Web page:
Beauty entrepreneur Magatte Wade has set out to address an issue that is all too common in developing countries. Wade, who hails from Senegal and France, is the founder and CEO of Tiossan. Tiossan is a luxury skincare brand that features based on indigenous Senegalese recipes. To create her products, Wade sources materials from women’s Co-ops across Africa.
Wade hopes that her brand, which is available in a host of luxury retailers that includes Nordstrom, will bring jobs to Senegal as well as arouse new interest in luxury products from the country. But, like many homegrown brands, she is forced to compete with Western products, which represent progress and prestige to wealthy Senegalese consumers.
Our goal is not simply to alleviate poverty, but also foster prosperity for all. We don’t want to be regarded as people whose highest capability is collecting shea nuts or cocoa beans. We know more than that and can do more than that.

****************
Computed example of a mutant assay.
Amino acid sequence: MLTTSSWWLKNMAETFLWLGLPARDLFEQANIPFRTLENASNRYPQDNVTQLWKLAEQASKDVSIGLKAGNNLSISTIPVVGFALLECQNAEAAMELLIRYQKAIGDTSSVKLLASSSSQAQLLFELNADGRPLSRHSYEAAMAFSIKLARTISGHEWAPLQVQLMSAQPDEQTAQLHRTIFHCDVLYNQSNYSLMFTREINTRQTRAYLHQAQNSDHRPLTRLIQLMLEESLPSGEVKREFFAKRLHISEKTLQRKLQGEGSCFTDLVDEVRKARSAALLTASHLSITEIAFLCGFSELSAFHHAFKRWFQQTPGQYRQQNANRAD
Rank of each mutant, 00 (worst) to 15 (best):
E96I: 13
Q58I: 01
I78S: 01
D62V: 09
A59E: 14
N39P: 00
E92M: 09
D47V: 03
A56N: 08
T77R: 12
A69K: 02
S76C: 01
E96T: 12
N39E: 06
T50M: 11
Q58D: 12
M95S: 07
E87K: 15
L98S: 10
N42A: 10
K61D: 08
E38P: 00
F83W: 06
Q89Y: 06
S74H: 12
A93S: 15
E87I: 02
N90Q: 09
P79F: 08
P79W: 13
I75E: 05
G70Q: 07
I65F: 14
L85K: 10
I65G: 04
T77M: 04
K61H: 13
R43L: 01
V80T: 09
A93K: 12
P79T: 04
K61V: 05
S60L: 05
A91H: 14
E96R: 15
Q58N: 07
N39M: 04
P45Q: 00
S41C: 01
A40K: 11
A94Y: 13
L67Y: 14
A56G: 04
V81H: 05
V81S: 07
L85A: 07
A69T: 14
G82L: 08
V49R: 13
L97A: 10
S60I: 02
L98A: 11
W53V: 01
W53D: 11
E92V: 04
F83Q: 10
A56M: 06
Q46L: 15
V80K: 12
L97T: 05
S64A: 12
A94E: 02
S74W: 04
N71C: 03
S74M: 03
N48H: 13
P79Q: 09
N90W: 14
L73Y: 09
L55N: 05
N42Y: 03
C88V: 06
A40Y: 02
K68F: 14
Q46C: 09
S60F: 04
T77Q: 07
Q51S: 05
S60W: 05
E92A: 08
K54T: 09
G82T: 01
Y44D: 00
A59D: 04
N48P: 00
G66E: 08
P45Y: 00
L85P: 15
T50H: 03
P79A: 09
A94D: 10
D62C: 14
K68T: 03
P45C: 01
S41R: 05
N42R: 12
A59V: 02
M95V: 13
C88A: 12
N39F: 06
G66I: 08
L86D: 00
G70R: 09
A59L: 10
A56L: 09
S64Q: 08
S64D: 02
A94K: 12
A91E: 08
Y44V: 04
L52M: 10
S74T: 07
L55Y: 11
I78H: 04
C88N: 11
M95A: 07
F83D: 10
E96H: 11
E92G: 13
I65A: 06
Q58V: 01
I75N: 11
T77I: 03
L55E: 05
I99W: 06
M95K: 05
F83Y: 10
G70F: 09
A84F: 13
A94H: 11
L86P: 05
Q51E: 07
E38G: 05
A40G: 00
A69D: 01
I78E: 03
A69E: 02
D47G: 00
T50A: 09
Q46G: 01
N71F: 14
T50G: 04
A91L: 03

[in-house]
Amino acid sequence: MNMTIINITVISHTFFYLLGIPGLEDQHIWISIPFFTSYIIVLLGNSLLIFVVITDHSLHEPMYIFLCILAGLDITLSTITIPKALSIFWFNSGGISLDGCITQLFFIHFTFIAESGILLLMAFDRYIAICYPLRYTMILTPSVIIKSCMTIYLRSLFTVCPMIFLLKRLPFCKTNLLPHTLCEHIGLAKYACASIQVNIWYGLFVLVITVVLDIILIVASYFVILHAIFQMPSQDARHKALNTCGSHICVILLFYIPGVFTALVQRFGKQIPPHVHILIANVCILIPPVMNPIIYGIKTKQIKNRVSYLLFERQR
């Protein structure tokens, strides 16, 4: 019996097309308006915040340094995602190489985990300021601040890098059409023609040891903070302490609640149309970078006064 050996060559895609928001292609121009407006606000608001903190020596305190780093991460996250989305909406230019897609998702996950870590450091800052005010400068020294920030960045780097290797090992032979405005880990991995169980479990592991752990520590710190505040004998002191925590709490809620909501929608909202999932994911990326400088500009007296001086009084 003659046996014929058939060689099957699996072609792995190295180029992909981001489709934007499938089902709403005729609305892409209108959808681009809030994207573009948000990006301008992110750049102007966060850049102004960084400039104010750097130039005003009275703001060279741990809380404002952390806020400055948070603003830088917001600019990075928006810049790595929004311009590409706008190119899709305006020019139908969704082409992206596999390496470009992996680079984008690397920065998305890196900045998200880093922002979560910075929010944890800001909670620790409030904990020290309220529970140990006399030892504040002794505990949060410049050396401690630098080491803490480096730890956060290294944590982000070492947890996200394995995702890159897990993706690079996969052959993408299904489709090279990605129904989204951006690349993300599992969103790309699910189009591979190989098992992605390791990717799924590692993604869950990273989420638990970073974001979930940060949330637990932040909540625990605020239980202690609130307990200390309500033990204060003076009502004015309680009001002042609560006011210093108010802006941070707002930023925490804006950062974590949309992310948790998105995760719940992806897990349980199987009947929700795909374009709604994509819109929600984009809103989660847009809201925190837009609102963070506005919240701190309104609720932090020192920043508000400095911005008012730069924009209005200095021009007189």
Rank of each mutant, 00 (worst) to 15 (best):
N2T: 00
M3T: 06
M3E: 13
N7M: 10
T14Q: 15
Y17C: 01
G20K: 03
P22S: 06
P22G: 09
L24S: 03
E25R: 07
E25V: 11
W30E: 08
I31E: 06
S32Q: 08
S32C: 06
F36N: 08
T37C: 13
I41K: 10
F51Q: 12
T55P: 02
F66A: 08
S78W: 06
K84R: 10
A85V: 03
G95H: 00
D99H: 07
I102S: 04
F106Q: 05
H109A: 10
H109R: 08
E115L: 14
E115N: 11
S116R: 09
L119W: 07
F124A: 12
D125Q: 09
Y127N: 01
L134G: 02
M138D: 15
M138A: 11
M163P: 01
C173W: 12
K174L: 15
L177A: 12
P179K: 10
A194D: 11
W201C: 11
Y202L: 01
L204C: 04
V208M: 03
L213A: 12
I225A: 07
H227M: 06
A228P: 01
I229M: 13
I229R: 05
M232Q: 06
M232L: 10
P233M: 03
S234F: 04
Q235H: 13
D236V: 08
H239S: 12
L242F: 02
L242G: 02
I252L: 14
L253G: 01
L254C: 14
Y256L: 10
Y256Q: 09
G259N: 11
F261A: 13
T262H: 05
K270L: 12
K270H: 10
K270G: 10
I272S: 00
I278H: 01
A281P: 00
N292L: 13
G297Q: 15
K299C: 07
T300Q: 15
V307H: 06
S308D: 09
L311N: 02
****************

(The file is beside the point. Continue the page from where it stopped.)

Additionally, the best way that our people will respect our culture is when they see it respected in the West. They will realize that we are part of the global conversation in any interesting, relevant manner.
To get to the finish line, Africans must create scalable businesses based on African culture, businesses that produce high quality products that enlightened American consumers want and need. And that’s what I’m doing.
By positioning Tiossan as a major international brand, the company can create jobs at all levels of production, and provide mobility.